I've been watching the previews for Real Steel for months and each time I saw a trailer my comment was, "not convinced".
My main worry was how there can be any emotional involvement in the movie if the robots aren't sentient? If they're just puppets ripping each other apart, why do I care?
I needn't have worried however, as Real Steel isn't really about the robots that's the MacGuffin (look it up); it's about an absentee father slowly building a relationship with his son through a shared love of robot boxing.
Australian's Hugh Jackman co-stars as Charlie Kenton, a washed-up former boxer in the year 2020, who has taken up "training" robot boxers to compete in underground no-holds-barred death matches. He's in debt up to his eyeballs to some fairly unscrupulous characters and is constantly on the move, trying to scrape together enough cash to get a robot and then put it in a fight.
Hugh Jackman stars as former boxer and failing robot boxing trainer Charlie Kenton.
Charlie's main enemy is himself. His hubris gets the better of him more than once and now he's on the verge of being thrown out of his robot "gym" by on-off girlfriend Bailey Tallet (Lost's Evangeline Lily) who is also owed a lot of money.
Into Charlie's downward spiral steps his son Max (Dakota Goyo). Charlie has never met 11-year-old Max but he's forced to take care of him when his mother (Charlie's former girlfriend) dies. They don't have much in common, in fact their relationship is downright prickly at the beginning but as with all these father/son/redemption films, they do love robot boxing and it's through this shared passion that they finally connect as father and son.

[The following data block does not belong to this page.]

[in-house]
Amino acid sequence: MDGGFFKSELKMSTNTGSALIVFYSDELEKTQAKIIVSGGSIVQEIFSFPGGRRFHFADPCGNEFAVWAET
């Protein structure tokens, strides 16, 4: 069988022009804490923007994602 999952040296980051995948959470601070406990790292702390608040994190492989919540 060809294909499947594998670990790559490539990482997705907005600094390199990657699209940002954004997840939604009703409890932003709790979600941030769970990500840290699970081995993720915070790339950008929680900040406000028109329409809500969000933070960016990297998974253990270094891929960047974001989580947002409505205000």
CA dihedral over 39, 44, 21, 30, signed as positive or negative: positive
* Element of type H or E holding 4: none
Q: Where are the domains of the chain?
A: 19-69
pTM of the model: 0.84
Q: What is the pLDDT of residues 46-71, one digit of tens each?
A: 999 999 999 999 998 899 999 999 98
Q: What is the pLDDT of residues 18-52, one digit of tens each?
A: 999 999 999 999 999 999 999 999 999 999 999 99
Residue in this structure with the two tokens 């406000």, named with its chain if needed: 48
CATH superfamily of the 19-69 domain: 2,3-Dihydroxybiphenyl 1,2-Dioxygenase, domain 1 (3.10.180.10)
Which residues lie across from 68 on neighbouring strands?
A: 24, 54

This film is really about the father and son dynamic between Charlie and Max; which in turn leads to Charlie's redemption as a father, in his career and as a boyfriend. It just has 15 foot tall fighting robots as the MacGuffin.
The fight scenes are very cool and the robots are beautifully rendered. It's obvious a lot of effort has been put into the effects. Not once did an effect pull me out of the film and make me think, "This is obviously CGI". In most scenes there's parts flying everywhere including heads and limbs of the robotic pugilists.
Action packed fight scenes keep the plot moving at a steady pace.
The three main characters all put in solid, three dimensional performances as people trying to make it in the world when life and their own actions have conspired against them. Each finds what they were looking for by the end of the film even if they didn't know they wanted it.
It feels like a family film for everyone over eight years of age even though it's rated M15 . The characters and relationships of everyone but Charlie, Max and Bailey are fairly simple and not too well drawn out which shouldn't faze too many kids. There are only two scary scenes in the film, one where Max tumbles off a cliff and second where some of those unscrupulous characters catch up with Charlie. The s-word is only uttered two or three times throughout the film. Where it gets this rating is from the robot violence, probably impacted more because they are quite anthropomorphic.
In all, I'm surprised to say I liked the hell out of this film. It's not for everyone, sensitive kids and the youngest might not enjoy it so much, but if you're old enough to watch and enjoy a film like The Mighty Ducks, which has more real world violence than this I'll say you'll get a kick out of Real Steel.
Dads, I'd recommend you take your sons to see this one.